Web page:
AUGUST 25, 2008
The doors of the prison open. Yuma, a hot day, but Manny’s free. He’s said his goodbyes to friends. Karista is waiting. They married while he was in prison. No history of living together. He’s got over $4000 in his pocket. Money earned from jobs he worked in prison. He was a dependable worker and one of the companies offered him a position as a supervisor upon release.
Being home isn’t what he expects. He might be safe but it doesn’t feel that way. He can’t sleep without the lights being on as they were the last twenty years. He can’t eat unless the chow is in a bowl. He can’t believe he’s not being watched by guards and inmates alike. It’s hard to change twenty years of living. He’s spent more time in prison than out. He’s on edge.
Manny went from a cell to a home with seven step-children of assorted ages he doesn’t know. He and Karista haven’t ever spent a night together before now.
Most everyone spends the years between 15 to 35 becoming adults. Making mistakes but growing. They learn to deal with every day challenges such as budgeting money, how to be in relationships, living with others, starting careers and families. Manny spent the time in a small cell. His time was structured for him. His choices few. Even simple things like eating. Eat the food provided or go hungry. He never lived in a college dorm or an apartment with roomates he chose. He didn’t have the slightest idea of how to parent children.
The supervisor job paid well, but it was in Yuma. Karista and her family lived in Tucson as did Manny’s parents. His parents had been without him for so long already. They were getting older and needed him. Four hours away was too far. Manny chose to came back to Tucson.
Once he rerturned to Tucson his biggest needs were a place to live and a job. Both nearly impossible for a person with a felony record. Harder for Manny’s who’s only work history is in prison. His near genuis IQ and a couple of bucks wouldn’t even get him a cup of coffee. And what is this Starbucks place anyway? $4.50 for coffee. Cells phones, videogames, computers, flat-screen tv’s, paying bills and shopping on the internet, Google, Facebook, instagram, e-bay.
There are only three jobs an ex-con can get: construction, janitorial and landscaping. It’s not even easy to get these. Manny first got a series of part-time or temporary gigs until he was able to land a job at a company stripping and waxing floors. Getting the job is only the beginning. At first his boss treated him with suspicion. He had to prove himself. Work harder than the next guy. Be there when the boss wanted him no matter how inconvenient.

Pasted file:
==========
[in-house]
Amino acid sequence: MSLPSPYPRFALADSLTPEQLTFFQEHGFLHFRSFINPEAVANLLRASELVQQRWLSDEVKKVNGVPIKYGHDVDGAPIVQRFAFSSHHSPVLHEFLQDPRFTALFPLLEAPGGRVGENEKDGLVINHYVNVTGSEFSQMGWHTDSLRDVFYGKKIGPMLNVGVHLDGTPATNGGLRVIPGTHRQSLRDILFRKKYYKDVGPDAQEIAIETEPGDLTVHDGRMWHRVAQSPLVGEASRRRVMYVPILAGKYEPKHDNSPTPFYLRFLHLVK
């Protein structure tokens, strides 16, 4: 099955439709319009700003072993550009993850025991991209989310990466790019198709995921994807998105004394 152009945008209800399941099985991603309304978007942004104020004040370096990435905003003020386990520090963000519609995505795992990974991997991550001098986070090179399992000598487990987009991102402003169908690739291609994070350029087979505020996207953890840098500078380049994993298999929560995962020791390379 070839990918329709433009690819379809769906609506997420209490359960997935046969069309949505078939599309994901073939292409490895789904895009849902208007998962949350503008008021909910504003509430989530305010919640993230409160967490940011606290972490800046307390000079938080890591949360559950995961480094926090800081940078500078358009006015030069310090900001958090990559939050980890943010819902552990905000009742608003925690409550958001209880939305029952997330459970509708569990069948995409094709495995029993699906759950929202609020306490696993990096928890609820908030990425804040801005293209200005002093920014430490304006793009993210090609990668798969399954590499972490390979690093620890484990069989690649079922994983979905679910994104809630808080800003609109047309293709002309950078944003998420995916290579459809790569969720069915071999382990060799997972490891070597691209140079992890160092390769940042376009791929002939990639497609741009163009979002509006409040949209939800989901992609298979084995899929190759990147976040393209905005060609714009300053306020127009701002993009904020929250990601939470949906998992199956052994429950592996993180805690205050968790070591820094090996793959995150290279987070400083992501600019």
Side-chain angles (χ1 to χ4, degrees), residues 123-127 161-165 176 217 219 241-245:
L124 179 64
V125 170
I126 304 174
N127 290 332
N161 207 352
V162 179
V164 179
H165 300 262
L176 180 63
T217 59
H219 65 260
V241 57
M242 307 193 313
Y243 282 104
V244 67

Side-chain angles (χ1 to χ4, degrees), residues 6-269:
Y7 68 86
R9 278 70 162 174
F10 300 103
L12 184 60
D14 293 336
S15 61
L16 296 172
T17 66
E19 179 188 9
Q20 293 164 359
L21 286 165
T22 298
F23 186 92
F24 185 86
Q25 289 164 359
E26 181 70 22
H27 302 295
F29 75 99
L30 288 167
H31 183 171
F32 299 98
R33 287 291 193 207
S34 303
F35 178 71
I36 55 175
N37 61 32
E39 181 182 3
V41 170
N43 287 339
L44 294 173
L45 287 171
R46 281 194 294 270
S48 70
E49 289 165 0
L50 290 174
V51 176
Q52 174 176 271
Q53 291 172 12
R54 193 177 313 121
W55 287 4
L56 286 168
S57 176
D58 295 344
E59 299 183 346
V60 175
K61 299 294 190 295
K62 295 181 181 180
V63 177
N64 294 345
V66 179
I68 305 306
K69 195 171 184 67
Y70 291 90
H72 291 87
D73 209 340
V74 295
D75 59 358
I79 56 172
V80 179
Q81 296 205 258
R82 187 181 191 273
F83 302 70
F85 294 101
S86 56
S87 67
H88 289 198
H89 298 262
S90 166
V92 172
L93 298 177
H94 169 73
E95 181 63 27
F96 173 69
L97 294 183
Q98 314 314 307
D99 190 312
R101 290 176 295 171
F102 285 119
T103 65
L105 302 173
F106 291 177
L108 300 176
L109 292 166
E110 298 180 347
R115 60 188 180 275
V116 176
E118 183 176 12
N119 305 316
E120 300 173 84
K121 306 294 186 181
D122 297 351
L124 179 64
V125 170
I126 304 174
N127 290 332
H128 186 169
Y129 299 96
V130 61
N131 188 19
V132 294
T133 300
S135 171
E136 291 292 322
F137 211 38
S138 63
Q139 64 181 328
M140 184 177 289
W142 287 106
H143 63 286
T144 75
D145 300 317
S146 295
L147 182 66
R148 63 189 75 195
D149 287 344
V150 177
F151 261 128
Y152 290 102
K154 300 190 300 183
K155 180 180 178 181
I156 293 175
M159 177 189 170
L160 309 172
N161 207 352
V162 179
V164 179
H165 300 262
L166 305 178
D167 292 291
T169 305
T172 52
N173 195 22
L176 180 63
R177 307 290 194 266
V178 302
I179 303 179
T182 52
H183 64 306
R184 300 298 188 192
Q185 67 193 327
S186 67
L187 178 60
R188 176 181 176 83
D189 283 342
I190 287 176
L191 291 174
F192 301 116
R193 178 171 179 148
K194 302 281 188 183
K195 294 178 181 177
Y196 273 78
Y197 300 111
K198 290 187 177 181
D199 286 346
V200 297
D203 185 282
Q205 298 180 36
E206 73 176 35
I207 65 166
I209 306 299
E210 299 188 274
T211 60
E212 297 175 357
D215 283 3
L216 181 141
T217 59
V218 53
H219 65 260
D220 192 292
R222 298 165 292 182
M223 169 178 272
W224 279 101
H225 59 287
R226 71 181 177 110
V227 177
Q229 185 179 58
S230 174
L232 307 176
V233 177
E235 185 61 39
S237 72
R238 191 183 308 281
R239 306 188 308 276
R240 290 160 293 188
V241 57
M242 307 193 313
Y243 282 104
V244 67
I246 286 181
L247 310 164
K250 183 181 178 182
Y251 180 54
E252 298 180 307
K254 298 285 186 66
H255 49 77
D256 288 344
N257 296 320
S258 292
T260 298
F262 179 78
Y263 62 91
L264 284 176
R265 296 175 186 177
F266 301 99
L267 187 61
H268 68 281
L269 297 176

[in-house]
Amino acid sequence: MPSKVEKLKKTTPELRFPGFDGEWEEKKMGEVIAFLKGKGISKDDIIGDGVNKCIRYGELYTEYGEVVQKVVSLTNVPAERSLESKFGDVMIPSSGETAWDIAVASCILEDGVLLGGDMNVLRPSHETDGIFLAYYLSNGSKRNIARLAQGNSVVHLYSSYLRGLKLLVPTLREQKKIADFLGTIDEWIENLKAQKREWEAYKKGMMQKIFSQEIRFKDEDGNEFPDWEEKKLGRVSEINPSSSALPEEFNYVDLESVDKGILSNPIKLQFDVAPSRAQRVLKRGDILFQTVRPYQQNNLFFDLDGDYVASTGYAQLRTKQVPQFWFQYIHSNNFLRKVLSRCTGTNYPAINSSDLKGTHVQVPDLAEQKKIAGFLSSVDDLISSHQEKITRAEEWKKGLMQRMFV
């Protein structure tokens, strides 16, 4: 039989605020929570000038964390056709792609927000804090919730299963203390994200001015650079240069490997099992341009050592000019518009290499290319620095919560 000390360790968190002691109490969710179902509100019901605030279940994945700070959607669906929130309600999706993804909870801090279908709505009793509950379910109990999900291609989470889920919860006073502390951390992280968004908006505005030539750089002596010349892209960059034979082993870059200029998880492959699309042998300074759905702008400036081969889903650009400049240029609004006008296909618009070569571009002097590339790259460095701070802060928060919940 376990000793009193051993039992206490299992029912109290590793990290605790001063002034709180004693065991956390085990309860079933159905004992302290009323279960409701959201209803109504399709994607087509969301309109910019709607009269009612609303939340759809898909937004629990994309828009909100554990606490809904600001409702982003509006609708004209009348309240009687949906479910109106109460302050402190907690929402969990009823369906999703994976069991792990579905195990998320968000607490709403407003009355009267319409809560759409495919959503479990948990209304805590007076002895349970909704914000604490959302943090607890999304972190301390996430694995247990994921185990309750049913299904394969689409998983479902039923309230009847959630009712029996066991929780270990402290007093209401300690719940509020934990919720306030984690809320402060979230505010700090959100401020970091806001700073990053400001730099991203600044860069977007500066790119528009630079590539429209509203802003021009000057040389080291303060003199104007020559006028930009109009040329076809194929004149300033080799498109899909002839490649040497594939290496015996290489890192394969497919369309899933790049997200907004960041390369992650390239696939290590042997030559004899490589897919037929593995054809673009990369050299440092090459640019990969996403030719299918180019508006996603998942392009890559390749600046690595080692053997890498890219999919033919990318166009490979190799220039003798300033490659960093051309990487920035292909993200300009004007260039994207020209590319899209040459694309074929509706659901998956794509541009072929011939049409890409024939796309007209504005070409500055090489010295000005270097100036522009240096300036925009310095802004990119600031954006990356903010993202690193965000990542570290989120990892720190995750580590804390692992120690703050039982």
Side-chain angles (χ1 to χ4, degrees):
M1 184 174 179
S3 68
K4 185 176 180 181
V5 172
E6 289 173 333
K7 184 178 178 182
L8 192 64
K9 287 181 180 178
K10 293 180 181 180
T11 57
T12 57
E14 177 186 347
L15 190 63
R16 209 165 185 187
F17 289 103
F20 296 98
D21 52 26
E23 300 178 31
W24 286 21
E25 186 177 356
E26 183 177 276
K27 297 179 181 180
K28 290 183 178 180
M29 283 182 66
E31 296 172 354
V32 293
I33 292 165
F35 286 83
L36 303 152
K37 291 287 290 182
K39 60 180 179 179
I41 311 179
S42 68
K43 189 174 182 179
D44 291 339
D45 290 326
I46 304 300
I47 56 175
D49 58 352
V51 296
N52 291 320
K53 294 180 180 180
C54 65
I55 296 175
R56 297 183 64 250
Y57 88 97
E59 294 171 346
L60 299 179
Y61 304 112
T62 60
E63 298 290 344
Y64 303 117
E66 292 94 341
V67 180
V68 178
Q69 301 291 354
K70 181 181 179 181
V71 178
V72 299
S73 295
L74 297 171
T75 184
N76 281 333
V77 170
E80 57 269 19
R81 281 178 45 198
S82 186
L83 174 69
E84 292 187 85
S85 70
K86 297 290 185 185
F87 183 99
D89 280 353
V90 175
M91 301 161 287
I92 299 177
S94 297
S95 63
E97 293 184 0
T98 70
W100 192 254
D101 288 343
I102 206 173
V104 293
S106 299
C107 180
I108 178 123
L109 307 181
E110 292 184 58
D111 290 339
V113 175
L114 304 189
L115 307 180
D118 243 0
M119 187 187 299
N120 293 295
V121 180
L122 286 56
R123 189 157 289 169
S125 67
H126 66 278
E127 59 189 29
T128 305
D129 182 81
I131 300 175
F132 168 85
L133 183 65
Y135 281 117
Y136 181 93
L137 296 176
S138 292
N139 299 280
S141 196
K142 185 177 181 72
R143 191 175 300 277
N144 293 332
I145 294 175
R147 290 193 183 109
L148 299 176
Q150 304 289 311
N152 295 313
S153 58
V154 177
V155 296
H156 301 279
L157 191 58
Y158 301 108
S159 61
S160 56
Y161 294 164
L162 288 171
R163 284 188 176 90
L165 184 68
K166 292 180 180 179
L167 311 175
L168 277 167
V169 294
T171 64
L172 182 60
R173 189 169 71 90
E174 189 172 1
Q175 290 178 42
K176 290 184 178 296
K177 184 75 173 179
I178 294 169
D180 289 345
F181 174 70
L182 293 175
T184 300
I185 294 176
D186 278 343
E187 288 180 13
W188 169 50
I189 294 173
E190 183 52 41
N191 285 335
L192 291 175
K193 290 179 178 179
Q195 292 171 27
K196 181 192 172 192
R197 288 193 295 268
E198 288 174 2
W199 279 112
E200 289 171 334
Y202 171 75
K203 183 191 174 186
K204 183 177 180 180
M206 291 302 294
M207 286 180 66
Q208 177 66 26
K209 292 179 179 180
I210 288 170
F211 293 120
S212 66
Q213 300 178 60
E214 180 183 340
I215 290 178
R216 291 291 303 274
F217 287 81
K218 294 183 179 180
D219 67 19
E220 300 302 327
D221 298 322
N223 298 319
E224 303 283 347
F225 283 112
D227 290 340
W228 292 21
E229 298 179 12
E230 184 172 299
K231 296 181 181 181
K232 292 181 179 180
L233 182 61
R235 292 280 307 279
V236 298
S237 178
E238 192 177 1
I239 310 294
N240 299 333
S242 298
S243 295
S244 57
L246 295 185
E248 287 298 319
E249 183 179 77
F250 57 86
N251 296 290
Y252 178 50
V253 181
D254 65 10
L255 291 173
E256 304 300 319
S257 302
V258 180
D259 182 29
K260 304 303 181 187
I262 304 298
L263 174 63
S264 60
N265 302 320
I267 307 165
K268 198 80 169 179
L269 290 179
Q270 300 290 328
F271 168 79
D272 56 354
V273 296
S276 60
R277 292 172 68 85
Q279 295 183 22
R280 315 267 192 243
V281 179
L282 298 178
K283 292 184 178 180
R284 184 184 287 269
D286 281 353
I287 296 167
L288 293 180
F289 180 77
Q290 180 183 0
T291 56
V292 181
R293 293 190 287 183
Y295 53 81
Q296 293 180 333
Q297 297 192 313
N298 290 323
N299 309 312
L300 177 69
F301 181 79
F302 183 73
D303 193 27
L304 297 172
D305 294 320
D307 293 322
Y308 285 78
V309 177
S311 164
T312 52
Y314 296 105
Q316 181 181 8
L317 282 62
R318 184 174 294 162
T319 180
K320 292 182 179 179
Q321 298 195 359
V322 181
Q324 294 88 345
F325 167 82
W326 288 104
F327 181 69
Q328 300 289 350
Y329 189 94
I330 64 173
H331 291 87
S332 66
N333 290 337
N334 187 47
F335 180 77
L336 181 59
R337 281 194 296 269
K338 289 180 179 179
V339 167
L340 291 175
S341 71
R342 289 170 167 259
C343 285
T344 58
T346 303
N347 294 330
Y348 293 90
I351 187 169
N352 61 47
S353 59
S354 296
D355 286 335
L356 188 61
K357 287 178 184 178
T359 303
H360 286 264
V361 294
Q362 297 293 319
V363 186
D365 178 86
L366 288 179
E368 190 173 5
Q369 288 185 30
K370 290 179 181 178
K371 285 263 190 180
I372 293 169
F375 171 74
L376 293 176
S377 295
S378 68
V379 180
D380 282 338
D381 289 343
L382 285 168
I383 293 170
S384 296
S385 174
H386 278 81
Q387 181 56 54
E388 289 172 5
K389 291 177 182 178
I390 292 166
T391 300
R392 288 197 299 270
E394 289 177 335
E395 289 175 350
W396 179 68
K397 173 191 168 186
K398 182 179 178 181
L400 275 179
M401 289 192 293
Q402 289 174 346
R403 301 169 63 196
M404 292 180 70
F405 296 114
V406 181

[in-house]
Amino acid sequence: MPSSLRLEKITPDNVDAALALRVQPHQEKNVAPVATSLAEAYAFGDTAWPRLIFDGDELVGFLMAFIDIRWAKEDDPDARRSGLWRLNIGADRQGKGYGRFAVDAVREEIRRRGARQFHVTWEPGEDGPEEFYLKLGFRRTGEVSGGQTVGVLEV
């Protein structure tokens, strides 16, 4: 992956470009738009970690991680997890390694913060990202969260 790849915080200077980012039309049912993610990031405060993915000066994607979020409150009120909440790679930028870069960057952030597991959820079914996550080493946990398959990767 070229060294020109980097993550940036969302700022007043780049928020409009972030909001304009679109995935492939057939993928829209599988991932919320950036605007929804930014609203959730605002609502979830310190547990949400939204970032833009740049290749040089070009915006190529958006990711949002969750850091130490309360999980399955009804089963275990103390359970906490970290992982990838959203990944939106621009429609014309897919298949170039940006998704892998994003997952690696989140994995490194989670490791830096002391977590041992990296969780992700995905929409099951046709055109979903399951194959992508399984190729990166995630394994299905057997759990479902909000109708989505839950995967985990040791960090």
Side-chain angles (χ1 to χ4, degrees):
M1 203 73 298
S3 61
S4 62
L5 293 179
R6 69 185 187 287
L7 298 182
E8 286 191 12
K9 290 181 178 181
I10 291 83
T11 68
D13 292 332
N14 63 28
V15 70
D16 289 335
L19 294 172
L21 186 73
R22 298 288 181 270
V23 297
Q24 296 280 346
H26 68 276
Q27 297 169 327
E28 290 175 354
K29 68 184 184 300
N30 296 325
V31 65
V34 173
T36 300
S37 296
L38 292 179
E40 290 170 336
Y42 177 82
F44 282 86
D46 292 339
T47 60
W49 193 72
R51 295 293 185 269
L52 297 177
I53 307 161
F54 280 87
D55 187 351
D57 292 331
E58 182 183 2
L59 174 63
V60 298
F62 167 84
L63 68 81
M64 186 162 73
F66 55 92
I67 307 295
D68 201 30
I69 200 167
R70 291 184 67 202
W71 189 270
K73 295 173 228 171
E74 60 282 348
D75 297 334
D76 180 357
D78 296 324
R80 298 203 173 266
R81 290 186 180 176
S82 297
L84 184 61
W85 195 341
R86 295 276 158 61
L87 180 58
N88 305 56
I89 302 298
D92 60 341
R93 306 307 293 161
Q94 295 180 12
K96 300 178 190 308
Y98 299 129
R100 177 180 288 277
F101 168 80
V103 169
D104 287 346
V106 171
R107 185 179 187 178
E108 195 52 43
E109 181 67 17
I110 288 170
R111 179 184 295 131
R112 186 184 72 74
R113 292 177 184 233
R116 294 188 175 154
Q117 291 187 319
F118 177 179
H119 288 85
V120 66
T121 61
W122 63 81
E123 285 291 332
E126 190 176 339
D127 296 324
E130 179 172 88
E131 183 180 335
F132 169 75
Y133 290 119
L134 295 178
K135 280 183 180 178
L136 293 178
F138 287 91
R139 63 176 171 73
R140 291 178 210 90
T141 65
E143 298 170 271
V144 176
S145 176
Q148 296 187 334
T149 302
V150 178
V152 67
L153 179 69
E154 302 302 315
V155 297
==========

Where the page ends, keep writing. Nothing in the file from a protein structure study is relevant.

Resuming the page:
Finding a place to live is another hassle. Almost all apartment buildings and even people who rent houses do background checks. Most won’t rent to you. The places that will are dumps.
Manny wanted to work with young people. To help them not make the choices he made. He’d been the chaplain’s assistant his last years in prison and liked helping people. He gave talks at the juvenile detention facilty and charter schools, but it was difficult to get time off and he couldn’t afford to miss work.
Manny never gave up.
Manny’s been out of prison for over eight years. His dream has come true. He has a job as a re-entry Coordinator for young men and women who are at-risk. He is on the Primavera Board and works with several other groups helping youth. He lives in a nice home.
Manny is the exception. Few people who get out of prison do this well. For many their family has abandoned them or their parents and extended family have died. Husbands and wives who wait for their spouse to get out of prison are the exception. The majority of prisoners have rarely seen their children since their incarcaration.
The people Manny knew from the neighborhood have moved on. Only one friend from his childhood kept in touch. His few friends now are other ex-cons in the same position he’s in. They can’t give advice, loan money or help find jobs.
To keep people from re-offending they need help. Manny’s program targets people from ages 18 to 24. There is room for only 40 participants. Since the US incarcarates more people than any other more people will be in this situation. They’ve paid their debt to society, but society still treats them as pariahs and deadbeats.
AUGUST 25, 2008